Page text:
President Robert Mugabe, a serial traveller now dubbed “Visiting Leader” by some of his political detractors, is expected to embark on another long overseas sojourn this week — this time to the United States for a summit on Ebola — as the nonagenarian continues to break national flying records in terms of total mileage travelled.
Observers pointed out last night that by the time Mugabe returns from New York, he would have completed more than 22 trips abroad since the beginning of the year, having travelled more than 220 000 kilometres during this short period — far more than many other leaders will manage throughout their tenures in power.
His political detractors also say that the nonagenarian’s “useless” travels are needlessly gobbling up millions of dollars per trip, at a time that government coffers are dry due to his administration’s gross mismanagement of the economy and the corruption of his lieutenants.
It has been said that each time Mugabe travels, such a single trip blows up more than $2 million, through the “hiring” of an Air Zimbabwe plane, as well as “allowances” for him and the large entourages that accompany him.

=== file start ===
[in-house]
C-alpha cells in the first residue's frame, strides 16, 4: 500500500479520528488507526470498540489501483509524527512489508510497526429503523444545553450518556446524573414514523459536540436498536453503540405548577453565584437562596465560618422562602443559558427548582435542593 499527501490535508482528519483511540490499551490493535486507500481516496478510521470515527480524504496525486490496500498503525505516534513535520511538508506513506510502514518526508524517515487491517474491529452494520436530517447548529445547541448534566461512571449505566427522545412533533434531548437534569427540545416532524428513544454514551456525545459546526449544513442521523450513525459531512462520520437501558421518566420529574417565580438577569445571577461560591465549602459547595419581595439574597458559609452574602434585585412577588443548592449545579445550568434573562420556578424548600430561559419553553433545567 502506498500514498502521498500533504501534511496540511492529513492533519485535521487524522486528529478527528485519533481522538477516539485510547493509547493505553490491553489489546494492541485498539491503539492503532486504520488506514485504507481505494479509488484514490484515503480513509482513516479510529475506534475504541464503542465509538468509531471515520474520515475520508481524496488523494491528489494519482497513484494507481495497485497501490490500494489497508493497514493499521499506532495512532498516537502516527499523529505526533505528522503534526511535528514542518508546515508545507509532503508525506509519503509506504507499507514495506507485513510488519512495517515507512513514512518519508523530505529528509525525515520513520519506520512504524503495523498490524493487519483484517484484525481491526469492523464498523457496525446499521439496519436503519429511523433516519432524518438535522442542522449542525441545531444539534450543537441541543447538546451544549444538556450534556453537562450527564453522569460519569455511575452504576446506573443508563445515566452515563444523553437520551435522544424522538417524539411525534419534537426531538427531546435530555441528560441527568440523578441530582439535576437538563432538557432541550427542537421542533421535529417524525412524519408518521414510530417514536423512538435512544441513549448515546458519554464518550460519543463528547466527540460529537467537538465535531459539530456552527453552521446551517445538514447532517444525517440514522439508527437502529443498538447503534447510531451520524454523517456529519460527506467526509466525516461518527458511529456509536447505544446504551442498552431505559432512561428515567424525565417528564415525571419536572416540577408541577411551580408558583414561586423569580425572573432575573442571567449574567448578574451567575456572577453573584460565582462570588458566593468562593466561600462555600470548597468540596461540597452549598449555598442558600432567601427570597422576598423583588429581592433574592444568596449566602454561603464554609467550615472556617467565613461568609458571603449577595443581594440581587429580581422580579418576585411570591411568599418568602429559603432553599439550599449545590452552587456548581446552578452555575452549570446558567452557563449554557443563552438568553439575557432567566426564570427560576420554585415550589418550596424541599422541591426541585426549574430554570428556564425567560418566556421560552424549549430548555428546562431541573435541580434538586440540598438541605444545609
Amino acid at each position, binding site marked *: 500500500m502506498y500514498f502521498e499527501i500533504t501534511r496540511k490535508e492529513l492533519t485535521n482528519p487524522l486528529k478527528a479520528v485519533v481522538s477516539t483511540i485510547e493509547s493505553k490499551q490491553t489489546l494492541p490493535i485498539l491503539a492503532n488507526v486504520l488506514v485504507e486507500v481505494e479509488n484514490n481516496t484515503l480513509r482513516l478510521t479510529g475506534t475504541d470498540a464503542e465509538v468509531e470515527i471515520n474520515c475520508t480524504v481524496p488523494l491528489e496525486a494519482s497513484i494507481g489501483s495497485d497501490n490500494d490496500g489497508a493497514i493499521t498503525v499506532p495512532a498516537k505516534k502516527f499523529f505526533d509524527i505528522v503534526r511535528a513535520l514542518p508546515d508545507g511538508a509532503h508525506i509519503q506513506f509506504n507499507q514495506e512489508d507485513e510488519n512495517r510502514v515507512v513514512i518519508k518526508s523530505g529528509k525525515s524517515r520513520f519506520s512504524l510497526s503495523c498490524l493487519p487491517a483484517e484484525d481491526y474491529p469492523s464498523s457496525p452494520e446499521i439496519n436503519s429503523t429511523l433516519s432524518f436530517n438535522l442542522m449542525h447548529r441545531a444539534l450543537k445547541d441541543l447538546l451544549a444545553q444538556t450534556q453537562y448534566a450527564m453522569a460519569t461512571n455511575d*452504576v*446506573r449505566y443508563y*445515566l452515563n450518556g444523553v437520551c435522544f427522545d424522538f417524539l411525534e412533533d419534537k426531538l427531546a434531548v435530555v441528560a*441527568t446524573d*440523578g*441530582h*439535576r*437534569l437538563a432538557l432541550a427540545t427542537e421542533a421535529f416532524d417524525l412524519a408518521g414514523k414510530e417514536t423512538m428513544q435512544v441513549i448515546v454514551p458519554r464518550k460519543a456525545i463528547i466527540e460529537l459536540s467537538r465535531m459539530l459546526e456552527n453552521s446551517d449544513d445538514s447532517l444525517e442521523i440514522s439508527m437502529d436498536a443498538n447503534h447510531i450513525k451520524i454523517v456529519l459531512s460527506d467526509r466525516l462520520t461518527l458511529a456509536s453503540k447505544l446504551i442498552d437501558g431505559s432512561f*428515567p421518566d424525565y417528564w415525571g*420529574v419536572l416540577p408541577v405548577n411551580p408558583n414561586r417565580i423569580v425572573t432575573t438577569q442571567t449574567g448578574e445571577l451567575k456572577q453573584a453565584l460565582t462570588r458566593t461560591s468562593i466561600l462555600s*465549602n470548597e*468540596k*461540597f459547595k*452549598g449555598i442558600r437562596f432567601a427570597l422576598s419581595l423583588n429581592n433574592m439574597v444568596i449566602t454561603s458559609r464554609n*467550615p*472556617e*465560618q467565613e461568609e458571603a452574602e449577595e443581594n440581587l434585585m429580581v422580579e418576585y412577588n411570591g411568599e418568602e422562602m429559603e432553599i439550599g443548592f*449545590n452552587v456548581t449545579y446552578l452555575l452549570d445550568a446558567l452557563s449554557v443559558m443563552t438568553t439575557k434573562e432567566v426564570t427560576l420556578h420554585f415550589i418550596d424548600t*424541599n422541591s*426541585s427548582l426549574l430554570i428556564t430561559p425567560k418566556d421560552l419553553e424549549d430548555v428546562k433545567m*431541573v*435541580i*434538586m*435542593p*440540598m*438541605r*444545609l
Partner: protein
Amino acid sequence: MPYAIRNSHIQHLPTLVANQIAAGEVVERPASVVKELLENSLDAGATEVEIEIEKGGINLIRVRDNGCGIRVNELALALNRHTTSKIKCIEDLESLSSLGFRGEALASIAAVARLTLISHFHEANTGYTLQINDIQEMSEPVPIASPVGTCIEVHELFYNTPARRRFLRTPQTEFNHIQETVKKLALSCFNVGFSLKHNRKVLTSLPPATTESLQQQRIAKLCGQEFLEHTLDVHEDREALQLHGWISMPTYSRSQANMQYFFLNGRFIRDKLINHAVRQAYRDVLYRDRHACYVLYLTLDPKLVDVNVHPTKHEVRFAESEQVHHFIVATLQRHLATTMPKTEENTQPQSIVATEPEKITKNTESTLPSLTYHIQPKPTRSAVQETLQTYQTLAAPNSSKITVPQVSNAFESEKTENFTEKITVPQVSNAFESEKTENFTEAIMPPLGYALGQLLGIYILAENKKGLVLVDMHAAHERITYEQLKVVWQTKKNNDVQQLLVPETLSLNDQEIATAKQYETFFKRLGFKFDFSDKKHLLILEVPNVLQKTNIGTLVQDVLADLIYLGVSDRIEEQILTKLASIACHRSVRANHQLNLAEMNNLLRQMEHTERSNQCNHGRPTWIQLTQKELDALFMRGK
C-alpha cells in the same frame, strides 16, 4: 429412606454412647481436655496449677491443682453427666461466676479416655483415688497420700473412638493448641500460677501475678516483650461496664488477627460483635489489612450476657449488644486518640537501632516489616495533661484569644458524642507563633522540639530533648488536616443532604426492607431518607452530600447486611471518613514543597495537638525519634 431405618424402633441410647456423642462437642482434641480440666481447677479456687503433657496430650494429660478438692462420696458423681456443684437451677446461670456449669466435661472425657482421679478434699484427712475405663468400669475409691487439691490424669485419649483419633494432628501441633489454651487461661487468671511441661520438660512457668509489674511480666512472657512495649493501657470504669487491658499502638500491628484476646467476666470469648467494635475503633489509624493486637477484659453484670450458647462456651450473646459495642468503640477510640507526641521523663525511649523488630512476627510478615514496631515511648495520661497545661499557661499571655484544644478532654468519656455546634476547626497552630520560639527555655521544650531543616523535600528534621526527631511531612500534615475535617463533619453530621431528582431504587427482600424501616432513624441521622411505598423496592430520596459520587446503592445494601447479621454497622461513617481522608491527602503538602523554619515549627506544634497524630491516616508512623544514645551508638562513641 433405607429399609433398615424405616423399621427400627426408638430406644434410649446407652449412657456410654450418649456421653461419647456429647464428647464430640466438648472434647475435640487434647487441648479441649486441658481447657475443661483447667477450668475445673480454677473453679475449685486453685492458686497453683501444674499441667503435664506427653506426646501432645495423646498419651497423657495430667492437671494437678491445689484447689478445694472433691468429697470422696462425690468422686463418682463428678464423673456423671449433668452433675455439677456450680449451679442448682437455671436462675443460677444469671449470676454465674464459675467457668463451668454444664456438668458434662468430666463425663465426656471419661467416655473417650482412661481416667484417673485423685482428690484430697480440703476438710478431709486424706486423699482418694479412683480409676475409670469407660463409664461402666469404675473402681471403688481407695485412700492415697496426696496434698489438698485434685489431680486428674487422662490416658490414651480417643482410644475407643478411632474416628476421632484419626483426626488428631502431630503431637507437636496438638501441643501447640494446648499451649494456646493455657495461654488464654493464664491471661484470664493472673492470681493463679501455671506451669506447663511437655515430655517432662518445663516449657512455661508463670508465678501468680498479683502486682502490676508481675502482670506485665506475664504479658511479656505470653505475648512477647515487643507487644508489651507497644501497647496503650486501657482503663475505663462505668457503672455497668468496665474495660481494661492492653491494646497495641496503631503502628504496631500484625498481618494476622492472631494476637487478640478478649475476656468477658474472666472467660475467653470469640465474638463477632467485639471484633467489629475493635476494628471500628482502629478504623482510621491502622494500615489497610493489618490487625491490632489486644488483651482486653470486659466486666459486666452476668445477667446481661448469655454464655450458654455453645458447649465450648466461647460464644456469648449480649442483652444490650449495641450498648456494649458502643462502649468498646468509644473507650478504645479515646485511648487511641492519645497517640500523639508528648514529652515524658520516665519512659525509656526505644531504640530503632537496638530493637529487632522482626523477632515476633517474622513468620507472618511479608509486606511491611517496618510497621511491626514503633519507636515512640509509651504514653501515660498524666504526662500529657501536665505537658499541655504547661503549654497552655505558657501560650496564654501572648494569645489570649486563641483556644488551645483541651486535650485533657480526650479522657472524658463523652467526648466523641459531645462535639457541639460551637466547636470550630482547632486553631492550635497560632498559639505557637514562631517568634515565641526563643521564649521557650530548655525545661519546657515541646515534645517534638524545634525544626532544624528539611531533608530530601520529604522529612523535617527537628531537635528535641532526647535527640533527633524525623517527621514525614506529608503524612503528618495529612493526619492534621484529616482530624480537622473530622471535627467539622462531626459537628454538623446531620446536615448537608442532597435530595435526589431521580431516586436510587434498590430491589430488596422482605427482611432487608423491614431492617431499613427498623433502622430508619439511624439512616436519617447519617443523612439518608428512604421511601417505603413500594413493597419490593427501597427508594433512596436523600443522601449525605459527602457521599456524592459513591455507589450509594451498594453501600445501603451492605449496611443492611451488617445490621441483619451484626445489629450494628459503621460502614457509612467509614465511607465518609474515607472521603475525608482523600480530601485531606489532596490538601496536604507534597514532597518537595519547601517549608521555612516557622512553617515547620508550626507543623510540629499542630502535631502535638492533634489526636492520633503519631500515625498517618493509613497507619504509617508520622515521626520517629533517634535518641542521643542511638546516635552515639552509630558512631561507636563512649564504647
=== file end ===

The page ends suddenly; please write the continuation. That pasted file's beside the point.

Because of the pending New York trip, a destination that is in the belly of some of Mugabe’s fiercest critics on account of Zimbabwe’s poor human rights record, the USA, this week’s Cabinet meeting has been pushed to today instead of the usual Tuesday.
Unfazed by growing criticism by Zimbabweans about his costly travels, the president will be leaving for New York — after spending less than 48 hours in the country — having returned from South Africa at the weekend where he attended a summit on the Lesotho crisis.
Mugabe’s trip to South Africa last week meant that he has now been to Pretoria four times over the past six months alone.
Government officials refused to confirm to the Daily News when and whether Mugabe was travelling to the US, with presidential spokesperson George Charamba claiming that he had not heard anything about his boss’s scheduled trip.
“I didn’t hear that. Go back to the person who told you,” Charamba said curtly.
Since the beginning of the year, Mugabe who is also the ceremonial chairperson of both Sadc and the African Union (AU), has spent more time in the air or in foreign lands than he has done in his own country, which is faced with mounting political and economic problems.
Mugabe’s frequent jaunts, whose benefits are still to be seen, have gobbled up millions of dollars, with the United States Department of State recently recommending that Mugabe’s budget be made public in the department’s recent fiscal transparency report.